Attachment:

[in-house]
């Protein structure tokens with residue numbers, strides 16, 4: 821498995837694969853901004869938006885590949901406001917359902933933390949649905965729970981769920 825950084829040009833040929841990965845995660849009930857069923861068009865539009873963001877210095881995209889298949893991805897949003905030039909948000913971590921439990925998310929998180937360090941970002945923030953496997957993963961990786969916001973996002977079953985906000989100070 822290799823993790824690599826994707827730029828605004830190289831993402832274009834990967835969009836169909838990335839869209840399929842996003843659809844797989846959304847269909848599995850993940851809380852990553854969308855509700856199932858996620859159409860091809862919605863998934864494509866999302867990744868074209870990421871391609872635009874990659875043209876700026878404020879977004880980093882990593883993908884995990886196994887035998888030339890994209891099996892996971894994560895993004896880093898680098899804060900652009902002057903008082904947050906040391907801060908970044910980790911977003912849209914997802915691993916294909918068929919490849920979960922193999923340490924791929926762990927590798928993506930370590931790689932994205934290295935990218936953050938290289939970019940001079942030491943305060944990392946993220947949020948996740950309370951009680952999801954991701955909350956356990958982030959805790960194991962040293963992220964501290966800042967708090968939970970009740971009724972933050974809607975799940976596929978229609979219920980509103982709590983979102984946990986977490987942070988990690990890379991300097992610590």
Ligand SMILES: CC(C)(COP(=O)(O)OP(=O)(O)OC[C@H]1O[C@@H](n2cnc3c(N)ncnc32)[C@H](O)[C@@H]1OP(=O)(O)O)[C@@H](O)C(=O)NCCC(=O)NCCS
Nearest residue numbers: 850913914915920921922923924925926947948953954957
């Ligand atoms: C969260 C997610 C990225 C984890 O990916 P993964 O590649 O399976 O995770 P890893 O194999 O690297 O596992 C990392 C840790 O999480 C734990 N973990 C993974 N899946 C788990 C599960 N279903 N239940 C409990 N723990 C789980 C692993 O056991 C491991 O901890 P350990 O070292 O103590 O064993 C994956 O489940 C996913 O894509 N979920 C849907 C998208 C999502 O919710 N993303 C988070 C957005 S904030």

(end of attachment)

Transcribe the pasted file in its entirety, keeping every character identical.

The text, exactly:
[in-house]
């Protein structure tokens with residue numbers, strides 16, 4: 821498995837694969853901004869938006885590949901406001917359902933933390949649905965729970981769920 825950084829040009833040929841990965845995660849009930857069923861068009865539009873963001877210095881995209889298949893991805897949003905030039909948000913971590921439990925998310929998180937360090941970002945923030953496997957993963961990786969916001973996002977079953985906000989100070 822290799823993790824690599826994707827730029828605004830190289831993402832274009834990967835969009836169909838990335839869209840399929842996003843659809844797989846959304847269909848599995850993940851809380852990553854969308855509700856199932858996620859159409860091809862919605863998934864494509866999302867990744868074209870990421871391609872635009874990659875043209876700026878404020879977004880980093882990593883993908884995990886196994887035998888030339890994209891099996892996971894994560895993004896880093898680098899804060900652009902002057903008082904947050906040391907801060908970044910980790911977003912849209914997802915691993916294909918068929919490849920979960922193999923340490924791929926762990927590798928993506930370590931790689932994205934290295935990218936953050938290289939970019940001079942030491943305060944990392946993220947949020948996740950309370951009680952999801954991701955909350956356990958982030959805790960194991962040293963992220964501290966800042967708090968939970970009740971009724972933050974809607975799940976596929978229609979219920980509103982709590983979102984946990986977490987942070988990690990890379991300097992610590």
Ligand SMILES: CC(C)(COP(=O)(O)OP(=O)(O)OC[C@H]1O[C@@H](n2cnc3c(N)ncnc32)[C@H](O)[C@@H]1OP(=O)(O)O)[C@@H](O)C(=O)NCCC(=O)NCCS
Nearest residue numbers: 850913914915920921922923924925926947948953954957
């Ligand atoms: C969260 C997610 C990225 C984890 O990916 P993964 O590649 O399976 O995770 P890893 O194999 O690297 O596992 C990392 C840790 O999480 C734990 N973990 C993974 N899946 C788990 C599960 N279903 N239940 C409990 N723990 C789980 C692993 O056991 C491991 O901890 P350990 O070292 O103590 O064993 C994956 O489940 C996913 O894509 N979920 C849907 C998208 C999502 O919710 N993303 C988070 C957005 S904030």